The House just passed Fred Upton’s bill. He calls it the “Keep Your Health Plan Act,” because its ostensible purpose is to make sure people losing their existing health plans can keep them. It might or might not have that effect. But an equally accurate description would be “Go Back to the Old Lousy Health Care System Act.” Under its provisions, insurers could keep denying coverage to people with pre-existing conditions, continue selling policies that have huge gaps, and so on.
Three reasons the Democrats won
It’s over. The Senate voted yes. The House voted yes. President Obama signed the bill and, on Thursday, the federal government is open for business again.
Mitch McConnell, leader of the Senate Republicans, approached Democrats with a new offer over the weekend: He and his colleagues would vote to open the government and increase its borrowing authority, as long as Democrats would agree to accept the depleted spending levels of budget sequestration. Harry Reid, leader of the Senate Democrats, said no thanks. It was the third time in less than a week Democrats had spurned a Republican overture.
House Republican leaders on Thursday morning announced that they have a new proposal and it hews to the outlines media outlets reported overnight. Basically, House Republicans would leave the government shut down but give it about six weeks' worth of borrowing authority. Assuming I understand what the Republicans have in mind, the idea would be to use that time for some kind of broader negotiation on fiscal policy, entitlements, etc.—and, somewhere along the way, to start funding normal government operations again.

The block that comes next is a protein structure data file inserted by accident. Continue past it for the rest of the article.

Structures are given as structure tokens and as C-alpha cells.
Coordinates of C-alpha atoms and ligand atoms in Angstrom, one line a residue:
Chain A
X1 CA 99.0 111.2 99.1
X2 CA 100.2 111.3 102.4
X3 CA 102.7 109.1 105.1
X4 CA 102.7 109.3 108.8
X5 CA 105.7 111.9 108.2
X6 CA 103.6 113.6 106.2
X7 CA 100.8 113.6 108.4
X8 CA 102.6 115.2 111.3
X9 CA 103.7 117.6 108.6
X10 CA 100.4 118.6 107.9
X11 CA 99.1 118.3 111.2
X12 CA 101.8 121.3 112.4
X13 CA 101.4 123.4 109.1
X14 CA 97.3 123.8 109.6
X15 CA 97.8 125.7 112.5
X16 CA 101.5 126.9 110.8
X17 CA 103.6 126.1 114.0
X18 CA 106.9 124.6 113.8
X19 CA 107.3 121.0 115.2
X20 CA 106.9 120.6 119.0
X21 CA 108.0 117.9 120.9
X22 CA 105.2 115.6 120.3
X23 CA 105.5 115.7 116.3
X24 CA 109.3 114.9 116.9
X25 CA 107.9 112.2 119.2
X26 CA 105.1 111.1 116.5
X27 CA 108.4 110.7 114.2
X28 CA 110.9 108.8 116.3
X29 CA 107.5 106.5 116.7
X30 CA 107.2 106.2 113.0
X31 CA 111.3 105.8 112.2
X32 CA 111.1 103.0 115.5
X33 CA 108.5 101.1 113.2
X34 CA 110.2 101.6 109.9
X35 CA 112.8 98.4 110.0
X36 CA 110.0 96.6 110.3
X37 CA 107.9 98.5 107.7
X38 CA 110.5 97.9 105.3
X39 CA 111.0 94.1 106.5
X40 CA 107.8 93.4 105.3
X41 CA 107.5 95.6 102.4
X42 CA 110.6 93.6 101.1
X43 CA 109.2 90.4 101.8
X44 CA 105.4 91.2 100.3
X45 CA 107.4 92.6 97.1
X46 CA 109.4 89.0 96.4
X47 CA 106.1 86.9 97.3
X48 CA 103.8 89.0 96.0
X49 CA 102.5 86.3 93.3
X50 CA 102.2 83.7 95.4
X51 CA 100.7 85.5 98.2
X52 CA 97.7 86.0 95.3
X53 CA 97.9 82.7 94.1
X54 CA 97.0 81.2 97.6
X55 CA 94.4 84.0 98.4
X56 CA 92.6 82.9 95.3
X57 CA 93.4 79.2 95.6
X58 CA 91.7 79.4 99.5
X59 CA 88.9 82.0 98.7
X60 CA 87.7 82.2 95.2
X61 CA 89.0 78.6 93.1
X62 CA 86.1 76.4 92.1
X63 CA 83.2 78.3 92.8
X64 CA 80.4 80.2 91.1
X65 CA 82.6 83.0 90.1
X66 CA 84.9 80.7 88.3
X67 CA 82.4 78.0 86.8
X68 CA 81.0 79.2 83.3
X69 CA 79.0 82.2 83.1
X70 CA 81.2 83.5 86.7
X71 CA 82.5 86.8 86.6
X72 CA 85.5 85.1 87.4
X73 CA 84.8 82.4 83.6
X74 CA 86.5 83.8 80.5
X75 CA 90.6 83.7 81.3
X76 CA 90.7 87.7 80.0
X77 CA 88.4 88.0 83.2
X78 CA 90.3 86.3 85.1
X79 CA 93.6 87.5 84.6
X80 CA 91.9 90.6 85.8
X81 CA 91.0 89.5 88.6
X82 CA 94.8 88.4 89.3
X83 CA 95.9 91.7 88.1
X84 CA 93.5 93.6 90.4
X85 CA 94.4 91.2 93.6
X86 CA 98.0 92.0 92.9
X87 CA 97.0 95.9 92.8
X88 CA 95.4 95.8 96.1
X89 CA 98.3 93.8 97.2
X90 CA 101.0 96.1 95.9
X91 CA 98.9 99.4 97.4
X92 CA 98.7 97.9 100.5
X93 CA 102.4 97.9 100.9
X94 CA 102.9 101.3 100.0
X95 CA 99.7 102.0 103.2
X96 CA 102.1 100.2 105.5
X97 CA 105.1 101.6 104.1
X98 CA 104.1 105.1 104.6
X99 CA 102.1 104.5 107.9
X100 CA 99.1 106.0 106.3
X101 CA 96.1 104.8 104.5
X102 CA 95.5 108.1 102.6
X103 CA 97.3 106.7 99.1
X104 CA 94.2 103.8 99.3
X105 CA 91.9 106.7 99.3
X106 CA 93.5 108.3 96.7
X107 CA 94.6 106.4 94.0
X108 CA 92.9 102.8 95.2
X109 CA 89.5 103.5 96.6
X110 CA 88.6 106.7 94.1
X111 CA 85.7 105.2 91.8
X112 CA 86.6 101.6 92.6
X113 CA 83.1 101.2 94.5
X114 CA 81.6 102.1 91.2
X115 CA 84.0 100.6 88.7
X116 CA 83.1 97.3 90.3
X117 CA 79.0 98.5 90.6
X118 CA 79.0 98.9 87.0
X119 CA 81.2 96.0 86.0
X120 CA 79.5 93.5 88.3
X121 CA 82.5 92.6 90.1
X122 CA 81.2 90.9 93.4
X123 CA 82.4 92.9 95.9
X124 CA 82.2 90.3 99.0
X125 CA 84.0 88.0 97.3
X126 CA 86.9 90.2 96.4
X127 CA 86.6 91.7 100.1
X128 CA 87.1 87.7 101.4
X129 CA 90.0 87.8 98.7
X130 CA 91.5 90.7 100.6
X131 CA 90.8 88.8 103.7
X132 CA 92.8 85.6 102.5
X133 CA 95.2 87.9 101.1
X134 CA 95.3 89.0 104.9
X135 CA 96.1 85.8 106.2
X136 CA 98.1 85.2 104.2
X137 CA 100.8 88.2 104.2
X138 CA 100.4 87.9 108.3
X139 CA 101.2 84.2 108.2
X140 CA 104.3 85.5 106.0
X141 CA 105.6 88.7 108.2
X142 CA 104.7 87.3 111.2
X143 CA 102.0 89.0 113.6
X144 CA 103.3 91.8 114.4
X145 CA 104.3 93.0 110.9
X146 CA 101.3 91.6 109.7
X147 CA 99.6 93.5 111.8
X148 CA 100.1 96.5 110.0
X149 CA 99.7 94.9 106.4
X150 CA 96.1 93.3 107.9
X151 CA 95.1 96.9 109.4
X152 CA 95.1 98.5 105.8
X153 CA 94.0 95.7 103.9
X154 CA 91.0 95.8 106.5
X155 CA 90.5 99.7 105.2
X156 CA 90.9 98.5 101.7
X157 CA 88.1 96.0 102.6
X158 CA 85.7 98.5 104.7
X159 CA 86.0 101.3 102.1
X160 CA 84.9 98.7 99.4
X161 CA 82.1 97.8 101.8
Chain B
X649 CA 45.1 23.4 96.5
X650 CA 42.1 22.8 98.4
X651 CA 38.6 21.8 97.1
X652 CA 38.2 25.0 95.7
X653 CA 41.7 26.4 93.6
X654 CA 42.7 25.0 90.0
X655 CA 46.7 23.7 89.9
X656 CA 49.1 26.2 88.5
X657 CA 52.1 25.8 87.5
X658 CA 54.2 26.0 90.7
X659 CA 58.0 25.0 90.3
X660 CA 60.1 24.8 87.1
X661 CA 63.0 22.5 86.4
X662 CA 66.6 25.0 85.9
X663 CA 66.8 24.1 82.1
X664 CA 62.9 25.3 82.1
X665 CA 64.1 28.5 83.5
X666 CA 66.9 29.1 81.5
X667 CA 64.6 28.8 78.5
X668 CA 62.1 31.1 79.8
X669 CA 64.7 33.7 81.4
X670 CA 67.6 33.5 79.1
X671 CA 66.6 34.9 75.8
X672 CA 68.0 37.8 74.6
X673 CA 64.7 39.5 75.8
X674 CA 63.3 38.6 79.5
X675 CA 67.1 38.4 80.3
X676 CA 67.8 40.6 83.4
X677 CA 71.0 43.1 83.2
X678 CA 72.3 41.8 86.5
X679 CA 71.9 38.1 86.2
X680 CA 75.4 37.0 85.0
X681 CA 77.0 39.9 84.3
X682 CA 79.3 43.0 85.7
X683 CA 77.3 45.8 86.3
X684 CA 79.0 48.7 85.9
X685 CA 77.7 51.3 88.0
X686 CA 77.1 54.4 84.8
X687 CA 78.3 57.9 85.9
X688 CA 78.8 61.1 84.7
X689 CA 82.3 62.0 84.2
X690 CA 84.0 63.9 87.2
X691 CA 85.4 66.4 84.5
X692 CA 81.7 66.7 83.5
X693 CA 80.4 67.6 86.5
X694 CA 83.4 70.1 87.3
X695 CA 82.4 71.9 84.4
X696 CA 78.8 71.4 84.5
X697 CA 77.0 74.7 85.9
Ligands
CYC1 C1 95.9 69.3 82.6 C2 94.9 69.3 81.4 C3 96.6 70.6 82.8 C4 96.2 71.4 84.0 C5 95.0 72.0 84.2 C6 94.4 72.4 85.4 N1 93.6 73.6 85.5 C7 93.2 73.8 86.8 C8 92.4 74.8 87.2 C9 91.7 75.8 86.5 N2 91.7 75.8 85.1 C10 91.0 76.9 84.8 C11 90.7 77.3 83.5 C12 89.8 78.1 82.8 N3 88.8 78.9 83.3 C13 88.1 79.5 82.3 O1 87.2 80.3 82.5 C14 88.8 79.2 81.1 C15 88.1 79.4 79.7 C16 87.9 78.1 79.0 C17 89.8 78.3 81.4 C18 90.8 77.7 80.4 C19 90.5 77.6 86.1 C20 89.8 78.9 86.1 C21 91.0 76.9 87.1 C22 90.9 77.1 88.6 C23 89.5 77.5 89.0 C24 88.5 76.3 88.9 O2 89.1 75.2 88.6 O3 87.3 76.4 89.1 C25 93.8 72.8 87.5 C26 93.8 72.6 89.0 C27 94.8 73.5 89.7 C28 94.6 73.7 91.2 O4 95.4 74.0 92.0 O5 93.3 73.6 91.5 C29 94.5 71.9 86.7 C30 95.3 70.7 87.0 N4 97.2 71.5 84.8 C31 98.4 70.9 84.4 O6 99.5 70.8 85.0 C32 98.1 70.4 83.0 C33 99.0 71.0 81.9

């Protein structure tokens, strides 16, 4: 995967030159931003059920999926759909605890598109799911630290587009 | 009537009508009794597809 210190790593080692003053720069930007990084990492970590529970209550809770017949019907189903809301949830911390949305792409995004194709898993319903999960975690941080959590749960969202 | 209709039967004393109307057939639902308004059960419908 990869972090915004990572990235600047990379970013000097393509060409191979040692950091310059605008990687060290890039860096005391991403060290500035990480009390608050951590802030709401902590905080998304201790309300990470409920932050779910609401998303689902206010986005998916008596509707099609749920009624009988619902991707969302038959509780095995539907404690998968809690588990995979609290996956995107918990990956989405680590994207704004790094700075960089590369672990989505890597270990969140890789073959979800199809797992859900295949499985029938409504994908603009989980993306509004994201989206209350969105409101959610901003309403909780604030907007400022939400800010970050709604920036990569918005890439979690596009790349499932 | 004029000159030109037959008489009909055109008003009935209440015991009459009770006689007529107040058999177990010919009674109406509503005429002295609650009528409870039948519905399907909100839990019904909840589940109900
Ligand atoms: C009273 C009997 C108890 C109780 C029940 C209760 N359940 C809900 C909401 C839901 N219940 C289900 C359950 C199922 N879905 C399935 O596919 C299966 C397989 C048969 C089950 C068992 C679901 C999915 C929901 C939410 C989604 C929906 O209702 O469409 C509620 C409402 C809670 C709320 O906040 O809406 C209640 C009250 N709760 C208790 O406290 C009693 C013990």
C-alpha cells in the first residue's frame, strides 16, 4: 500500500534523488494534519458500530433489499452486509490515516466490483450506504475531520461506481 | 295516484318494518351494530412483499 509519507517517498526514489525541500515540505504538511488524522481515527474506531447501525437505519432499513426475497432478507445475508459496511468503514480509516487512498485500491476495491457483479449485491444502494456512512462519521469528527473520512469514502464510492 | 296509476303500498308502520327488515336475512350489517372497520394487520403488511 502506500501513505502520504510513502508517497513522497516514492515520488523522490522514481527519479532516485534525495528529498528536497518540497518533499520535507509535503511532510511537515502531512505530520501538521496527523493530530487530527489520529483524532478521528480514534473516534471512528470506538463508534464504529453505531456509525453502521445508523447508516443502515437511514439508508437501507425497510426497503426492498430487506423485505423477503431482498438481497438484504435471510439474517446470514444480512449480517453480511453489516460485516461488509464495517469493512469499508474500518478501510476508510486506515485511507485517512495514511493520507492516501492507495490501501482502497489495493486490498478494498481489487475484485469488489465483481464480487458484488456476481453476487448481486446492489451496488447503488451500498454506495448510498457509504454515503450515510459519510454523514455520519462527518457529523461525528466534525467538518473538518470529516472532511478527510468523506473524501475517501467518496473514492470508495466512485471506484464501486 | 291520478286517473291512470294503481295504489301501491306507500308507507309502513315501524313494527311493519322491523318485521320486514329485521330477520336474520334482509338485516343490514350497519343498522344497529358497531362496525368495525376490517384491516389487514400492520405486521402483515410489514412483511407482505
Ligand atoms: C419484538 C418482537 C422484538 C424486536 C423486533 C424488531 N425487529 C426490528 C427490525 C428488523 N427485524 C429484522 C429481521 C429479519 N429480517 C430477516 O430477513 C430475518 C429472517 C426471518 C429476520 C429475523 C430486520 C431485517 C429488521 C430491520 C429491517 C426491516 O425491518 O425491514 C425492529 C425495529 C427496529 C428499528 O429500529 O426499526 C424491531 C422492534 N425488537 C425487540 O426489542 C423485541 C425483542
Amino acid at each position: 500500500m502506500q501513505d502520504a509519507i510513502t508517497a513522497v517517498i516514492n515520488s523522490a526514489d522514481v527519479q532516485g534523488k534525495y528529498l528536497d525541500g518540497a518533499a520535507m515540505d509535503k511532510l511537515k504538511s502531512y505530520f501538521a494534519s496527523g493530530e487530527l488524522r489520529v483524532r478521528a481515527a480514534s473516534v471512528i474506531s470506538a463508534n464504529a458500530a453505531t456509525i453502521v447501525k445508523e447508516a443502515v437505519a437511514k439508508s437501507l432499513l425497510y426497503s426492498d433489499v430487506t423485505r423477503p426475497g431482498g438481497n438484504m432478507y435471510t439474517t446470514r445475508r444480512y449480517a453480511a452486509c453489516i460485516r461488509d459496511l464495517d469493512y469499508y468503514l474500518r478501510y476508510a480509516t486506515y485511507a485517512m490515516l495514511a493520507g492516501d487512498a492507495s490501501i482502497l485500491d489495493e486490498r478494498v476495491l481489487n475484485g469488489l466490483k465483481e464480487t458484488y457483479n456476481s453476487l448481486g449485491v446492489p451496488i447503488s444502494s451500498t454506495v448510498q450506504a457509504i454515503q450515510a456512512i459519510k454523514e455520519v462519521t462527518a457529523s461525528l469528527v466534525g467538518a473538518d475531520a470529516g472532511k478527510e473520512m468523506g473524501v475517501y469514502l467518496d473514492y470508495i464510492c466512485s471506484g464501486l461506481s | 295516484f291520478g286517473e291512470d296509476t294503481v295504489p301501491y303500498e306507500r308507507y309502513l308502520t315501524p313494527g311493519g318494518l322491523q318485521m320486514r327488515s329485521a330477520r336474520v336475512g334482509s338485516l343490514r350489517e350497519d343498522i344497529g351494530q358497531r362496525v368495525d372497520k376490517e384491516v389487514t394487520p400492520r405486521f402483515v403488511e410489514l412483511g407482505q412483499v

House Republican leaders are starting to look pretty desperate.
For a few brief moments on Monday evening, it looked like House Republicans might finally come to their senses.
Lots of people think John Boehner has lost control of the House Republican caucus. Apparently John Boehner does, too.
Thursday, Nancy Pelosi and other female House Democrats braved the heat on the Capitol steps and rolled out a plan to put working women’s issues in the national spotlight. The campaign centers on equal pay and work-family balance policies like paid medical leave and affordable childcare; for an excellent explainer on what Congress should do here, read my colleague Jonathan Cohn’s piece from this morning.
Nancy Pelosi and a handful of Democratic colleagues plan to unveil a new policy agenda on Thursday afternoon. The focus will be on initiatives to help women—mostly, by making sure they get equal treatment in the workplace and helping them navigate work-family issues. The specifics won’t be available until the actual event, scheduled on Capitol Hill for about 1:30 p.m. But it’s safe to assume the agenda will include some familiar ideas, like making it easier for workers to take parental or medical leaves and improving access to good childcare.
Republicans want to reduce the size of the federal government, and they won’t take no for an answer. “I just want to shrink it down to the size where we can drown it in the bathtub,” Grover Norquist famously declared. And in negotiations over the fiscal cliff, they have insisted on cutting spending rather than raising taxes. “The President wants to pretend that spending isn’t the problem,” House Speaker John Boehner has complained. Democrats, for their part, have responded defensively.